17th April 2019

Got to be happy with that

iTraxx Main

57.9bp, -0.1bp

iTraxx X-Over

248.1bp, -1bp

🇩🇪 10 Yr Bund

0.08%, +1bp

iBoxx Corp IG

B+126.7bp, -1bp

iBoxx Corp HY

B+389.5bp, -3bp

🇺🇸 10 Yr US T-Bond

2.58%, -1bp

🇬🇧 FTSE 100

7457.02, (-0.58%)
🇩🇪 DAX

13789.00, (+0.79%)
🇺🇸 S&P 500

3386.15, (+0.61%)

A restful Easter indeed…

So we’re about to close up for the long Easter weekend with all markets showing some fantastic results. Those GDP numbers from China will give us some fuel, allowing risk assets to continue to rally for a bit longer. Markets are not going to fall out of bed just yet. There’s a good chance that the S&P sees a fresh record high soon. That 10-year Bund yield looks like it won’t see -0.20% anytime soon either as growth hopes start to take hold again.

A happy Easter break is ensured

Euro-denominated IG credit spreads (iBoxx index) at B+127bp (-46bp this year already) might actually see B+110bp or lower before 2019 is out. All we need is fear (that it could all come crashing down), hope (that we might be seeing global growth underpinned by those Chinese stimulus measures) and a lot of luck (that event risk remains well off the radar). It looks like we will see out April having clocked up some good performance.

Interestingly, primary has slowed markedly over the past week, but we have still managed to churn deals out. Those deals have largely come unopposed and the demand for them has remained at very high levels. 3-4x has been the default oversubscription, but we have seen 10x subscriptions for some issues too. Higher-yielding, rare/infrequent inaugural borrowers have been the chief beneficiaries of the high end of the oversubscription which has seen final pricing ratchet tighter versus the initial (and usually) very cheap guidance.

Performance on the break has been good too. It helps the market overall that issues are tightening and have done so in around 90% of cases this year. That boosts general confidence for borrowers and investors alike and keeps the wheels well-oiled, allowing for more primary as secondary spreads tighten. It is just what we are seeing this year, obviously helped along by the inflows into corporate bond funds as investors shifted away or diverted from cash, rates and/or equities.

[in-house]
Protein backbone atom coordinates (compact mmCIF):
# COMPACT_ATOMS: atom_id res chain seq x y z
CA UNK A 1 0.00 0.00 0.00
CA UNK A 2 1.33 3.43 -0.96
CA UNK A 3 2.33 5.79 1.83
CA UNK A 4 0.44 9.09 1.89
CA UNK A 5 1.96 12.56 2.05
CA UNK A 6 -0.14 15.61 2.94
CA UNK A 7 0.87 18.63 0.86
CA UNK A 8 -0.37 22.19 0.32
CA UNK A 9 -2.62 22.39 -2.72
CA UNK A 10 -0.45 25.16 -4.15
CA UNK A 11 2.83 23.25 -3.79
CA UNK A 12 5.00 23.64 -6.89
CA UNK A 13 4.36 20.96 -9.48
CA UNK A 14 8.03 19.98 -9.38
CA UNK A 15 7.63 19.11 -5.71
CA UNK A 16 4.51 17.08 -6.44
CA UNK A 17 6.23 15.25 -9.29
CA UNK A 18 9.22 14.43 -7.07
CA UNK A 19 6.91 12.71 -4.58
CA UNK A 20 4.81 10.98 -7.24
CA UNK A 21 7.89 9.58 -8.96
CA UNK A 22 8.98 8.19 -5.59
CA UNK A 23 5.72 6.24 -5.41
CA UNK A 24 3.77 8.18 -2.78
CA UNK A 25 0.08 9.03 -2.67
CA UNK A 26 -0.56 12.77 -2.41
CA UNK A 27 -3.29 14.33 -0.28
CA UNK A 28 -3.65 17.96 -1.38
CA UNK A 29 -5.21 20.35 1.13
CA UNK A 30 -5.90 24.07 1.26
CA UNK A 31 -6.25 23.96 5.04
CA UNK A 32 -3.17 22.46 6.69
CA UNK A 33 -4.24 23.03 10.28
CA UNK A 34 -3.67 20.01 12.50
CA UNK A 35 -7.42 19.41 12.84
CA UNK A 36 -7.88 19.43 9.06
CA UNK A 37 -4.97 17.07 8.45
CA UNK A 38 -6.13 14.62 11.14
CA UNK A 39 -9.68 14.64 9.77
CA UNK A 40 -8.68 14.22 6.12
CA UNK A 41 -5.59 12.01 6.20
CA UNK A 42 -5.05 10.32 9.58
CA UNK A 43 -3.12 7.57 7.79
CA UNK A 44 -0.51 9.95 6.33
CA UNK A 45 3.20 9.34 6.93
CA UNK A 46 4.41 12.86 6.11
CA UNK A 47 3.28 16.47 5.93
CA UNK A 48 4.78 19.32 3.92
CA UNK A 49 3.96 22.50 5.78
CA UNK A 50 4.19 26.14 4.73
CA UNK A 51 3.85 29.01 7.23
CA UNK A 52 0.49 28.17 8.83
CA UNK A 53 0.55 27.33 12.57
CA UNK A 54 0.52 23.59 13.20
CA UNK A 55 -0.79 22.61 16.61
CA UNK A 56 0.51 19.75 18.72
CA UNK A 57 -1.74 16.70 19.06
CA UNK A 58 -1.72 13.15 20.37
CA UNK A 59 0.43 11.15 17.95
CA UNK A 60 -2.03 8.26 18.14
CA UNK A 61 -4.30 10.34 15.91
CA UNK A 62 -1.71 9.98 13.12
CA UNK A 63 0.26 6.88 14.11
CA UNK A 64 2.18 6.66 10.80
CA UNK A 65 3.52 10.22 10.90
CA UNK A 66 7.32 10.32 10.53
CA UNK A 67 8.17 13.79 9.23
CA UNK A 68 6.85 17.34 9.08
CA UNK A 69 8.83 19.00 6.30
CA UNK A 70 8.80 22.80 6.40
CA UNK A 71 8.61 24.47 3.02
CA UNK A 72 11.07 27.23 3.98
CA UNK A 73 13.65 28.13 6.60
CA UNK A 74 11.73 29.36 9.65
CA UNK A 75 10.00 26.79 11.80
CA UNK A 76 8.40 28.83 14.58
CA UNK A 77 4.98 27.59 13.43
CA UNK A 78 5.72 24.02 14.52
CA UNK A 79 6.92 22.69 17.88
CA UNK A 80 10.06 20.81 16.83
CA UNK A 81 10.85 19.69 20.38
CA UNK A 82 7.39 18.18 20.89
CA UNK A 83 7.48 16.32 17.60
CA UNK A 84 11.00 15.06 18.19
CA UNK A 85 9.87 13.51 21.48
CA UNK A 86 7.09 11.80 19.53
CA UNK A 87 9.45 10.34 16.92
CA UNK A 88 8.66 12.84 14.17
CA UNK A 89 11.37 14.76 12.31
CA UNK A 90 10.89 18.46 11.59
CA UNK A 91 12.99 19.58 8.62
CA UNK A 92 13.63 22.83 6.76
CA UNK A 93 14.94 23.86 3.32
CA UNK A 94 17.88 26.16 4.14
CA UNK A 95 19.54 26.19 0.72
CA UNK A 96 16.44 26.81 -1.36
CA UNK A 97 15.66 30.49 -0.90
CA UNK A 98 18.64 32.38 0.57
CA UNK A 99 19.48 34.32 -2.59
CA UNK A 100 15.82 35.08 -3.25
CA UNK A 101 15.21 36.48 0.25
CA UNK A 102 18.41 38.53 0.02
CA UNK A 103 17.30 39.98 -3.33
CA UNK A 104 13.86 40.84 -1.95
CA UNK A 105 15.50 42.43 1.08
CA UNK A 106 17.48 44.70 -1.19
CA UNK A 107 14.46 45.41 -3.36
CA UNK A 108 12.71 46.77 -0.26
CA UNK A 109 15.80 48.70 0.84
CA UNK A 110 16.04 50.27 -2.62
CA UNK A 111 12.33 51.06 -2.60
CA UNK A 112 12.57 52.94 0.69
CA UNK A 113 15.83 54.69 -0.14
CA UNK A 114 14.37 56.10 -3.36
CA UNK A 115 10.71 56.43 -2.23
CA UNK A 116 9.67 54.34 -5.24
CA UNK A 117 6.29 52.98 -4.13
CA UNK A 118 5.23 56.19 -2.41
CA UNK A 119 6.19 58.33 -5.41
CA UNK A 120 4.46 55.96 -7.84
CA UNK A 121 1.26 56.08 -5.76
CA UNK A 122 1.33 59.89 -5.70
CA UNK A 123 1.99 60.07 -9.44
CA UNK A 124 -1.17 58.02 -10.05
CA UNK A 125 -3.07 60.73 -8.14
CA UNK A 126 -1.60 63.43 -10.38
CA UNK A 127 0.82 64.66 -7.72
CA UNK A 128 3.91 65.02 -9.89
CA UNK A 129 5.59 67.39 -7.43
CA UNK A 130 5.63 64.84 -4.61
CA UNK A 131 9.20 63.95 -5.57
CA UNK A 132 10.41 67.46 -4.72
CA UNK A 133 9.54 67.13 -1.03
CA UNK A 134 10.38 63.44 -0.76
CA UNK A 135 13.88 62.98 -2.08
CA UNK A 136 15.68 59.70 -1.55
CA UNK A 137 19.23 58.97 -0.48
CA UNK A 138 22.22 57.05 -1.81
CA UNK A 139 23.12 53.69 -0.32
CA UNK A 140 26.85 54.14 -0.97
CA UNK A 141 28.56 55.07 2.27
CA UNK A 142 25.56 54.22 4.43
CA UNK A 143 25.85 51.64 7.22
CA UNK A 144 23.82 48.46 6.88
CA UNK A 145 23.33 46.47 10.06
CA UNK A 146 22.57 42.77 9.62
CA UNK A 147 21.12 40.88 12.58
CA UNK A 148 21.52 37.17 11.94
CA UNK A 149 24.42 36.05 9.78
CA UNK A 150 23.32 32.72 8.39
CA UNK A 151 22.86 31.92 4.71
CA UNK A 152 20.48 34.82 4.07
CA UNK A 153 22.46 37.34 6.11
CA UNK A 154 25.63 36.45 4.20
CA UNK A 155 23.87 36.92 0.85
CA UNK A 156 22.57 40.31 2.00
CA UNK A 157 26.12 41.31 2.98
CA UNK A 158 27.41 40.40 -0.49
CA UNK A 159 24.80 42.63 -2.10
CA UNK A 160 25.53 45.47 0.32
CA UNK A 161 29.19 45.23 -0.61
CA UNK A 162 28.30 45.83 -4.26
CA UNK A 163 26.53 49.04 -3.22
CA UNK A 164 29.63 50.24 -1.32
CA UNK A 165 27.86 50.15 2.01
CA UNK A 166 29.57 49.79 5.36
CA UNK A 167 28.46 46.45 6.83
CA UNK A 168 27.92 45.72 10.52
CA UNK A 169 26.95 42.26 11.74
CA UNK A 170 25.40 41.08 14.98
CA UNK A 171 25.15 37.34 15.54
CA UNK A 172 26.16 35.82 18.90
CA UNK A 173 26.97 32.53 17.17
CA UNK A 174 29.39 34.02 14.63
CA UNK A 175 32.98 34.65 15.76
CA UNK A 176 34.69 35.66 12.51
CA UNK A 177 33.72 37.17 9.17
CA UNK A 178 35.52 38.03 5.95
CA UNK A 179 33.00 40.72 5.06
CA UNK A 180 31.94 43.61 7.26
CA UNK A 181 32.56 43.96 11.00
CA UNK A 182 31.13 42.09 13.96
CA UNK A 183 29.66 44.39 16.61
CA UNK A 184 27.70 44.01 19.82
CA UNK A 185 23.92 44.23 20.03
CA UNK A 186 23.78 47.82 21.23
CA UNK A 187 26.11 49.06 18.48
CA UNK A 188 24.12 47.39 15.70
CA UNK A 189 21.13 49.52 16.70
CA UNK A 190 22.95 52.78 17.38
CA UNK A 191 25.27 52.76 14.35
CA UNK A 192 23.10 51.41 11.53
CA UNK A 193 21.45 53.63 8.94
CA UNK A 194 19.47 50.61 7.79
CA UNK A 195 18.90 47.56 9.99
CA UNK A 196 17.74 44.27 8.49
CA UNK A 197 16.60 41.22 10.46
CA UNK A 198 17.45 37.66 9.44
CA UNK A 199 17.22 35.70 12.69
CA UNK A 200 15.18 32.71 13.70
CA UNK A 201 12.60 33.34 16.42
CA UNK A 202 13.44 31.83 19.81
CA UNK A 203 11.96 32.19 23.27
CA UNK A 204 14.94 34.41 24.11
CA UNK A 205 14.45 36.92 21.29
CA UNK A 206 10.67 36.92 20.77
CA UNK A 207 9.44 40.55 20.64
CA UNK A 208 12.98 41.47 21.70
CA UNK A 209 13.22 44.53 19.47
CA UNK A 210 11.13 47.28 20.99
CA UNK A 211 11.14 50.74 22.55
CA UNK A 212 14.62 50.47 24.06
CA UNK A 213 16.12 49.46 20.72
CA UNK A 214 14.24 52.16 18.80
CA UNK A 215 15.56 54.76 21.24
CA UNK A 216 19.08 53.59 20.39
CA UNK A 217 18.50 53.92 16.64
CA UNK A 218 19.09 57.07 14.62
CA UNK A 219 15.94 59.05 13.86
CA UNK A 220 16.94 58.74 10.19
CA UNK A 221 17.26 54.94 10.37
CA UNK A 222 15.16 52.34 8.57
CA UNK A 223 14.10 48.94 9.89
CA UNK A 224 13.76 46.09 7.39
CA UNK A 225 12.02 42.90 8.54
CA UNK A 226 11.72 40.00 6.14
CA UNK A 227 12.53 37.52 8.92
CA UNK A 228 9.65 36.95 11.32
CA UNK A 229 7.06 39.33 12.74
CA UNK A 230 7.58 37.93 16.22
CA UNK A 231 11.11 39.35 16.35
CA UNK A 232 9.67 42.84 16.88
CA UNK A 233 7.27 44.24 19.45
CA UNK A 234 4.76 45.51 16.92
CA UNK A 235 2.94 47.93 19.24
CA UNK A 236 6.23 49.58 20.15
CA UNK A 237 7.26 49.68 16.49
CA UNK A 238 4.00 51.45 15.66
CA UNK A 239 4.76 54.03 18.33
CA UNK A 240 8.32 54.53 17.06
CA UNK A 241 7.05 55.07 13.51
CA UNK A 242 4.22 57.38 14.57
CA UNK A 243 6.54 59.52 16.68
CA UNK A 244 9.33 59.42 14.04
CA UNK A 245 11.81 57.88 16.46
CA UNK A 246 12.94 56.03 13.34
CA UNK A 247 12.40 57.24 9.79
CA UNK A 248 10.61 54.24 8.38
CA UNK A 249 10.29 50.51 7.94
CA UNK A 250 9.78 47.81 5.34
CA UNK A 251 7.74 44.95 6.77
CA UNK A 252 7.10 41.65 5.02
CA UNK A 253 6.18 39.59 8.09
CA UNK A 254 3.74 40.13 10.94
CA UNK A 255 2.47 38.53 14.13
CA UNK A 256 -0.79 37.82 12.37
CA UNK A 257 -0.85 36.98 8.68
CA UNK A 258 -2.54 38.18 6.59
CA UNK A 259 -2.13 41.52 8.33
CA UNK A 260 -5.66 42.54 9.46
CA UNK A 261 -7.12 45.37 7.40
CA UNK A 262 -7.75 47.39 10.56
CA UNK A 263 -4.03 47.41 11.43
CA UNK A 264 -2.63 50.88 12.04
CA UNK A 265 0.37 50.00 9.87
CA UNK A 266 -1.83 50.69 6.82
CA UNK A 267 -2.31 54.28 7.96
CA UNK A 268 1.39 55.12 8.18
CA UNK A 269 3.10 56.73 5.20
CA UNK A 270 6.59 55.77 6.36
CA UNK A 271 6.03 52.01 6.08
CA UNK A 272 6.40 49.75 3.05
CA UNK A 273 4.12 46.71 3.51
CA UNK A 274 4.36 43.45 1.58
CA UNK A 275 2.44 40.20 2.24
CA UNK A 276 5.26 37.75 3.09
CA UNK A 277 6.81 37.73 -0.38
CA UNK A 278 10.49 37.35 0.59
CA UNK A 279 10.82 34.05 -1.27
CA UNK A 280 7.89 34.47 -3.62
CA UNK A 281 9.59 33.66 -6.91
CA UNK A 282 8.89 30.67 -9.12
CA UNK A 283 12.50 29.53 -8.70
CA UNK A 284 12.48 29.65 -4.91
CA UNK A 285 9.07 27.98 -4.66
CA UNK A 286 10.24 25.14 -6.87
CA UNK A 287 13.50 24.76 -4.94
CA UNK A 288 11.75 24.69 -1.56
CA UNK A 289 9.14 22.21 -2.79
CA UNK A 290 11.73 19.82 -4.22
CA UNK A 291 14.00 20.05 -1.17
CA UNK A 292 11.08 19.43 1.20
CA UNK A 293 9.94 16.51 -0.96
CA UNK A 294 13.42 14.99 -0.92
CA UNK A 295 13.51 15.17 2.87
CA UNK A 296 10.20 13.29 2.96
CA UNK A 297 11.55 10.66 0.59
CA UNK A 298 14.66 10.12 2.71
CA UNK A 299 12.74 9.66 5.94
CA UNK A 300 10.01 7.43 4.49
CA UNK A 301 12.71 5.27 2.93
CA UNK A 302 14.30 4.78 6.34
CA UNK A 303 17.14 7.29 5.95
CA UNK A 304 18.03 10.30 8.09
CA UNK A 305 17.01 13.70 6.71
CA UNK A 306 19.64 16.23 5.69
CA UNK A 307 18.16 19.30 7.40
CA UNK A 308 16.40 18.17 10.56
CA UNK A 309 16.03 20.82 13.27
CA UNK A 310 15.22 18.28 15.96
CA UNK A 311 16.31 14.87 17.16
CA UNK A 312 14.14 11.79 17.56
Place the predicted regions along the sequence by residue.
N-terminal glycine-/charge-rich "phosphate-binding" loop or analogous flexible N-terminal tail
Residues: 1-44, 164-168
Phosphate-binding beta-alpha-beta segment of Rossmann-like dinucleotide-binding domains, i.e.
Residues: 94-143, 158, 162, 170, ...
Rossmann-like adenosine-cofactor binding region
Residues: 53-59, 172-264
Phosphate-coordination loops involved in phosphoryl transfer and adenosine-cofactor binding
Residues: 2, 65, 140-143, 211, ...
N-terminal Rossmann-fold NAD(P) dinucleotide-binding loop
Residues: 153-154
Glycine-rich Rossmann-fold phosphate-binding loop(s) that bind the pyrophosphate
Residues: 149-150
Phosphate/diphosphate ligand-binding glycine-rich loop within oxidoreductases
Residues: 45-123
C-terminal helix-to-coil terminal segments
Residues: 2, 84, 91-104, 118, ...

Investors looking for capital preservation strategies and a bit of extra yield has been a boon for the corporate bond market. As well as that IG performance, we have highlighted on many occasions the performance in higher beta markets, too. It would appear that the low-hanging fruit has not yet been picked there. We have far to go before we get close to the levels seen in the 2017 ECB corporate QE period.

In high yield, the index tightened to a record B+254bp in Nov 2017, to B+81bp in February 2018 for IG and the AT1 index saw a record tight of B+287bp in January 2018. We currently reside at B+390bp (HY), B+127bp (IG) and B+533bp (CoCo) for the aforementioned indices. And without some central bank assistance, that is, absent a marginal buyer we are unlikely going to test those tights again.

Still, as mentioned above, B+110bp on the IG index isn’t out of reach, perhaps B+330-350bp for high yield isn’t too. For the CoCo index, somewhere in the low 400s could be reached. We need to stars to remain aligned driven ultimately by that Goldilocks macro environment.

Financials dominate in primary

The deals in senior financials which dominated in the session came from Bank of Nova Scotia which printed €1bn in a 5-year at midswaps+43bp (-17bp versus IPT). The deal was followed by Wells Fargo which lifted €1bn also in a 5-year maturity at midswaps+48bp (and also -17bp versus IPT).

In sterling, the Co-op Bank funded £200m in a subordinated 10NC5 T2 issue costing them a nice 9.5%! In the sterling non-financial corporate sector, Next Group issued £250m in a long 6-year at G+205bp, off a £1.7bn book.

Swedish real estate group SBB issued €300m in a PerpNC5.25 hybrid, rated in the high yield category, costing 4.875% which was 25bp inside the opening guidance. Europcar was the other high-yield borrower present, with €450m in the bag in a 7NC3 structure priced at 4% (-37.5bp inside IPT).

Snoozing ahead of the Easter break

The wind-down into Easter sees us finish for the week in Thursday’s session but it felt like that was already the case. On Wednesday, we closed with little really happening and that left global equities mixed. European stocks were up as much as 0.5% (Dax outperforming) while, at the time of writing, US equities were a small up or down depending on the index.

Rates were pretty much doing the same, with the US Treasury yielding 2.58% in the 10-year and the equivalent Bund at 0.08% (+1bp). Gilts closed to yield 1.24% in the 10-year.

The synthetic iTraxx indices closed unchanged to slightly better offered (touch lower) with Main at 57.9bp (-0.1bp) and X-Over left at 248.1bp (-1bp), in a lacklustre session.

The cash market was similarly playing out, amid the lightest of flows and liquidity. Still, we squeezed on, and the Markit iBoxx cash index closed at B+126.7bp (-1bp). The AT1 market closed unchanged. The sterling corporate market closed a touch better too, the index left at G+155bp (-0.4bp) which is 10bp tighter this month and 35bp tighter this year giving its a healthy total return to date of 4.2%!

Finally, the high yield market had those deals in the session to keep participants busy because little else was happening – so they were much welcomed, and secondary still managed a squeeze. The index managed to close at B+389.5bp (-3bp again).

Have a restful Easter, we’re back on Tuesday next week.

Suki Mann

A 25-year veteran of the European corporate bond markets and in his role as Credit Strategist, Dr Mann has been ranked number one in the Euromoney Investor Survey eight times in ten years. Previously with Societe Generale and UBS, he now shares views of events in the corporate bond market exclusively here on Credit Market Daily.